By Jenae R / April 21st, 2020
|Title||Animal Crossing: New Horizons|
|Release Date||March 20th, 2020|
I’m relatively new to Animal Crossing. Back when New Leaf was the latest title and it had already been out for a year or two, I picked it up, curious to see what all the hype was about. Honestly, I was really disappointed at how slow paced it was. Here I was ready to fully jump into a new game and it turns out, it was the slowest thing ever, more of a casual game to check in on for just a little bit on a daily basis. Despite my dismay with New Leaf, I did spend over a hundred hours on it which was spread out throughout many months. Once Nintendo started showing off Animal Crossing: New Horizons though, I was strangely excited. I knew that it was a casual game which wouldn’t entertain me for more than 20 or so minutes in one sitting, and yet I couldn’t help but fall in love with the upgraded art and overall quality of the graphics. I was hoping the Nook Miles tasks would give me more to do each time I turned the game on. With that said, let’s discuss New Horizons and whether or not I was equally dismayed with it, or if it lives up to the hype and my own irrational excitement.
Tom Nook’s latest money making scheme is a deserted island package. Before you ship off, you’ll decide how your villager looks and pick an island to land on. Basically you’ll decide between a variety of maps and choose the one you can live with. Later on, a lot of the layout can be changed for the very first time in the series’ history. But there are some permanent fixtures, such as where the beach is at, where your dock is located, where the rivers end and other similar stuff around the edges of the island. What you also can’t change is the native fruit on your island and the native flowers. That’s right, this time around you won’t find every flower type available growing right in your personal town. My own island has windflowers and the store sells pansies and tulips. When I started the game I reset once because I didn’t like my villagers or the island fruit. But I had absolutely no idea there was such a thing as differing native flowers until I visited Quentin’s (fellow oprainfall writer) island. I was shocked when I caught sight of a horde of roses on his cliffs and immediately requested some. I’m still trying to crossbreed that initial collection, seeing as it hasn’t spread far yet. Though I absolutely love Animal Crossing’s roses since not only do they have the largest variety of colors, but they also look the nicest.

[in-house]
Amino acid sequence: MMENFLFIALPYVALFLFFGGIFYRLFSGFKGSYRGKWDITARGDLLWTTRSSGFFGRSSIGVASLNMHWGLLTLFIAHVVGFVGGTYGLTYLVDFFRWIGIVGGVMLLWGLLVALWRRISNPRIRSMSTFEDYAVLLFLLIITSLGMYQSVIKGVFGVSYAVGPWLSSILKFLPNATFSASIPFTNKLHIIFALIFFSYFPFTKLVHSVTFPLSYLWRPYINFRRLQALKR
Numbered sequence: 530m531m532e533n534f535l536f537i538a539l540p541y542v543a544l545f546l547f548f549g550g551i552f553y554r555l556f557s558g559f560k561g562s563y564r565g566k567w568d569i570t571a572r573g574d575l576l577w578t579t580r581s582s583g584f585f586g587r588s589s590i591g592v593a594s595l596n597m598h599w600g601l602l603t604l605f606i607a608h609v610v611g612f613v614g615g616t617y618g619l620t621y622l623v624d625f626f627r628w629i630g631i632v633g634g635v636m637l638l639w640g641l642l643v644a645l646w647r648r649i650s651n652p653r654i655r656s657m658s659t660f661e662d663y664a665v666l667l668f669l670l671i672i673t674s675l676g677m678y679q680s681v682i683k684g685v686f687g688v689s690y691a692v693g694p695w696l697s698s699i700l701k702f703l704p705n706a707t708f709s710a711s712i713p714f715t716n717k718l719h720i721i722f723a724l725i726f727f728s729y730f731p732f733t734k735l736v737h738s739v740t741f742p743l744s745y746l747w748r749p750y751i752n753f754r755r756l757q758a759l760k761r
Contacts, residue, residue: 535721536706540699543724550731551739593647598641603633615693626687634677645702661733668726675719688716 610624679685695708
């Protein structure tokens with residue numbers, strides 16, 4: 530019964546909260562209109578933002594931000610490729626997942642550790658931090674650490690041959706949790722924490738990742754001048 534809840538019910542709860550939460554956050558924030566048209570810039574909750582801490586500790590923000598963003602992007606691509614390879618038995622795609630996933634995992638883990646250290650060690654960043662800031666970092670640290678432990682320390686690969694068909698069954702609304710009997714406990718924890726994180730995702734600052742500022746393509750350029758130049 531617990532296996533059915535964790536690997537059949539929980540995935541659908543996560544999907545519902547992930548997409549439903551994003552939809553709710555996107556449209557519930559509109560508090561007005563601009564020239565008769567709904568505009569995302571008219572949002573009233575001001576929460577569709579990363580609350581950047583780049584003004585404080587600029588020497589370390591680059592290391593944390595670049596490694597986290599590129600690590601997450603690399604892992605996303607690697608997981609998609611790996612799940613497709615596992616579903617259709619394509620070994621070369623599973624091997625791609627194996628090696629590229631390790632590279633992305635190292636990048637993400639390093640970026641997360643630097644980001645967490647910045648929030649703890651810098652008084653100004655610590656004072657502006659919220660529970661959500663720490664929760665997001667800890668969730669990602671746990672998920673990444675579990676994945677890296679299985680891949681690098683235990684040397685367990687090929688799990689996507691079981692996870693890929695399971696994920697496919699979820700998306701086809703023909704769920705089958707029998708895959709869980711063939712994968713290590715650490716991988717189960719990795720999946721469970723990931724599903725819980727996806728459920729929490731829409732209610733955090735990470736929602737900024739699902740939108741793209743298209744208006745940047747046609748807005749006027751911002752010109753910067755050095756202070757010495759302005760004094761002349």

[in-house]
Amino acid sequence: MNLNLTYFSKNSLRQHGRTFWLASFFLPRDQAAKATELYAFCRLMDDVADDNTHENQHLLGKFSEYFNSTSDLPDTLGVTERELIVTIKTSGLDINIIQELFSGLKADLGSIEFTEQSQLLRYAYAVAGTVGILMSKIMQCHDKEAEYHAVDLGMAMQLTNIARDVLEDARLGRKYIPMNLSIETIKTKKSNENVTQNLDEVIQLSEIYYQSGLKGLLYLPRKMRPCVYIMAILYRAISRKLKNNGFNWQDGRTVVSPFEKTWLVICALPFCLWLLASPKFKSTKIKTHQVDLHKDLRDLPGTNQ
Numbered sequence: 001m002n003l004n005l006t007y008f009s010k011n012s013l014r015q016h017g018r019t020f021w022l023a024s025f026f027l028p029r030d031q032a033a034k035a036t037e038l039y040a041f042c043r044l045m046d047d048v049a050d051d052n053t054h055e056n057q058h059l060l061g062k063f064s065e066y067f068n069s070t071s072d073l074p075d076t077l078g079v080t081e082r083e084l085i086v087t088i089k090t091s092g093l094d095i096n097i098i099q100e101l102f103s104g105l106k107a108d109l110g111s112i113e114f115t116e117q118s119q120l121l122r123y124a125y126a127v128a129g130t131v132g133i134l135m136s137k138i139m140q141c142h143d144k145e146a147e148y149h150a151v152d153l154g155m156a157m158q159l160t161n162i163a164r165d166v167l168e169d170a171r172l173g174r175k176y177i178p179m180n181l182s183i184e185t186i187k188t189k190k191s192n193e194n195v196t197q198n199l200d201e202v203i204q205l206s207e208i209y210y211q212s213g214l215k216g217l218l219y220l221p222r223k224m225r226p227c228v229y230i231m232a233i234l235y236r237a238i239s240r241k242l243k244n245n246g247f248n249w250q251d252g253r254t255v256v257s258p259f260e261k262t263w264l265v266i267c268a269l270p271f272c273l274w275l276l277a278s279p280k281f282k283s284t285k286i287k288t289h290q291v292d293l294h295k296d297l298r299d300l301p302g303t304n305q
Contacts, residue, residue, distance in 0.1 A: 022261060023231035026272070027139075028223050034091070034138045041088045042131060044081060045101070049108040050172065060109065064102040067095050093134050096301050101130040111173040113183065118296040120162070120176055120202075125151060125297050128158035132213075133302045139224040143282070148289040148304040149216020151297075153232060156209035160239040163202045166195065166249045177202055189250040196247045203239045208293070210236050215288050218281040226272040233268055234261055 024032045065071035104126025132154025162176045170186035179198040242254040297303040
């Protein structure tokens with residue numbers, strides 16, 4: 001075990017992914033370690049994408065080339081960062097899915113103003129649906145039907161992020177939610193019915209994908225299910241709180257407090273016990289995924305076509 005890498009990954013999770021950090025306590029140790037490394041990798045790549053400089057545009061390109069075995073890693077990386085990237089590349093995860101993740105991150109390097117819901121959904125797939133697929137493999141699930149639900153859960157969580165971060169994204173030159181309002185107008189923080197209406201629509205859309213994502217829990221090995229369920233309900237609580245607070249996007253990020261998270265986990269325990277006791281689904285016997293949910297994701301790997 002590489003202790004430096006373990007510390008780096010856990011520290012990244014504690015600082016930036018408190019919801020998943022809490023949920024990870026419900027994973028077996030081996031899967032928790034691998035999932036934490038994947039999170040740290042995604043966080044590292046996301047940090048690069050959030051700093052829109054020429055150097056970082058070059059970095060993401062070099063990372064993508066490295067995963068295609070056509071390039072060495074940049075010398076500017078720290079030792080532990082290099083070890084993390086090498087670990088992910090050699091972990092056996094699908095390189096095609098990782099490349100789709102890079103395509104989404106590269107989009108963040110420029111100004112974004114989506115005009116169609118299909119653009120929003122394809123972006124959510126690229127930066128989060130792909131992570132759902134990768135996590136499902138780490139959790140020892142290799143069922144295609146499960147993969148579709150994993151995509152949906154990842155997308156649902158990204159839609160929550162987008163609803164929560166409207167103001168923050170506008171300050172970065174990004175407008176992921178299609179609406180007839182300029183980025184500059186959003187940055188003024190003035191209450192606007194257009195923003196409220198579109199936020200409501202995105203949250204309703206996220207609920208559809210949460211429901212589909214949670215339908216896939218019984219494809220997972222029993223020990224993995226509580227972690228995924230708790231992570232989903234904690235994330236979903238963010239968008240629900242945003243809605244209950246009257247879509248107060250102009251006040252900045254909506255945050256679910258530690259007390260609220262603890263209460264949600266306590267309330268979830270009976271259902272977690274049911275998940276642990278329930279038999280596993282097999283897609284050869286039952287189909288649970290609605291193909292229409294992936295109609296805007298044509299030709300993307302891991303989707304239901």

When you initially land on your chosen deserted island, you’ll collect your tent from either Timmy or Tommy and then be expected to go pick a spot for your new home. You won’t be in a tent forever because after you’ve paid off Tom Nook’s initial package fee (your plane ticket, moving expenses, the cost of your tent, etc.), you’ll be able to trade it in for a full-fledged house, albeit a small one. Now here’s where those starting villagers I mentioned earlier come into play. No matter what, everyone begins with two starter villagers. Another brand new feature in New Horizons is having the option to pick where your fellow island dwellers will live. If you’re like me, you want everything set up in a particular way. I was happy to help them out with finding the ideal spot for their tents. After a spot’s been picked out for you and your new neighbors, you’ll all hang out and celebrate the start of your new lives on this deserted island. This is when the slow paced, real-time daily life begins. Although there are certain things you’ll want to do before anything else. Some of that includes earning Nook Miles to pay off your package fee, donating bugs to Tom Nook to entice Blathers to come to town, and cleaning up the mess of weeds on your island.